Maybe hearing those claims will encourage some of those struggling members to stick with the group for a few more months — which represents a few more months of profit for their leaders before their drones wash out with empty wallets and annihilated dreams.
Now let’s turn our attention to the Business Insider quote again:
Monat market partners have been promoting a record number of new consumers and new distributors [. . .]
These claims provided cover for a hidden recruitment promise:
Someone who joins this MLM now won’t have much trouble finding tons of retail customers or downline recruits of their own.
The FTC knows that consumers respond very strongly to such promises, which is why the feds scrutinize them so closely and hold them to tight legal restrictions. It’s also why MLMs dance as close to the line of legality as they can to make them!
We see the exact same strategy in evangelism when Christian leaders assure their flocks that “the fields are white unto harvest.”
Recruiters make these assurances because they work. Most people don’t like sales jobs, after all. These assurances ease their fears.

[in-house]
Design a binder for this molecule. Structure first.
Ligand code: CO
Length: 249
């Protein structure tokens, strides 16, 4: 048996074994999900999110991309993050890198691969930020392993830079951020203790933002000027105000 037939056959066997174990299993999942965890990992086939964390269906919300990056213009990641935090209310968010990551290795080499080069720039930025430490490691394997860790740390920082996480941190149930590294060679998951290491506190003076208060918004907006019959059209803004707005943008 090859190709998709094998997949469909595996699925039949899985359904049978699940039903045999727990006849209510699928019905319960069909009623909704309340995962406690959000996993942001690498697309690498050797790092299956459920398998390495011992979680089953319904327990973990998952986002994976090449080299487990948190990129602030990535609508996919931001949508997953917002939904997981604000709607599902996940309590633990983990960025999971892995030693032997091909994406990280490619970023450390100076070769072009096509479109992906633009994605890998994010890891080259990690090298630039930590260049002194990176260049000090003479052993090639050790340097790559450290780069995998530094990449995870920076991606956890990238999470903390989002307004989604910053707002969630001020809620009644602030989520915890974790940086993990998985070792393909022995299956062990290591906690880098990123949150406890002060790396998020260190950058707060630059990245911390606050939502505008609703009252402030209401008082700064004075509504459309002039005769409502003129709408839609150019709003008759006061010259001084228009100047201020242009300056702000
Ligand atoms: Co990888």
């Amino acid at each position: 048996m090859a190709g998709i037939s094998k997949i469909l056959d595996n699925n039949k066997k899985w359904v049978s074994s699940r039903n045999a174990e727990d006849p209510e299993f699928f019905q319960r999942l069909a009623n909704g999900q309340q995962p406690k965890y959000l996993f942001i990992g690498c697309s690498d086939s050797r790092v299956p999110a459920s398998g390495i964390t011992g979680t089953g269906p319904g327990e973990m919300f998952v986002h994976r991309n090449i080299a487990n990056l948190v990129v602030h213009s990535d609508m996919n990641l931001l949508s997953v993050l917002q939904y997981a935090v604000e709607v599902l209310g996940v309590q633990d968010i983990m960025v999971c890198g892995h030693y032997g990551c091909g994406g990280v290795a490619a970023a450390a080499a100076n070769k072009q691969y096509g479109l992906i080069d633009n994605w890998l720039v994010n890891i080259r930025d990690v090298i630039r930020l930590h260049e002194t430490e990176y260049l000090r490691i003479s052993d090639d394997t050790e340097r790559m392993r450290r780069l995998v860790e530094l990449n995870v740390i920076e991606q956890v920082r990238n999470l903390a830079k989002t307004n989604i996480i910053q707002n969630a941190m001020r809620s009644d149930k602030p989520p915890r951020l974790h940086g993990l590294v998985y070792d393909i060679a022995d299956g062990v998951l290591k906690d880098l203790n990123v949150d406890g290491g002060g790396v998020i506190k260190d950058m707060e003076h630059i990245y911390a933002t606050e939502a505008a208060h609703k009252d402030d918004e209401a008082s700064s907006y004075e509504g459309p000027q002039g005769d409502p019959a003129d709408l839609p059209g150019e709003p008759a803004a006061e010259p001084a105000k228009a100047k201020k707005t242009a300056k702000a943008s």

Why MLMs Matter.
An astonishing overlap exists between MLMs and the worst flavors of Christianity. They both attract the same people for the same reasons. They lie about the same stuff too! Once recruited, their victims utilize the same tactics to sell and recruit others. Recruits in both groups fail at roughly the same rates. Once those recruits wash out of the group, the remaining members of both groups abuse them in similar ways and for similar reasons.
In learning about MLM shills’ tactics, we can begin seeing them in use elsewhere by other people who want to exploit and manipulate us, like evangelists. In effect, MLMs help us to de-contextualize Christian tactics, which makes them easier to spot, dissect, debunk, and ultimately reject elsewhere.
Thus, I love exploring those similarities.
Here’s another one of ’em:
Both groups have responded to the global pandemic in the same ways: by creating a false narrative of vast sales success without any evidence to support it, all to create artificial demand in hopes of attracting new recruits and retaining existing members. Be very wary of any such claims in coming days from the salespeople of either group.
NEXT UP: We check out those wild claims of success from MLM huns and and toxic Christians alike. See you tomorrow!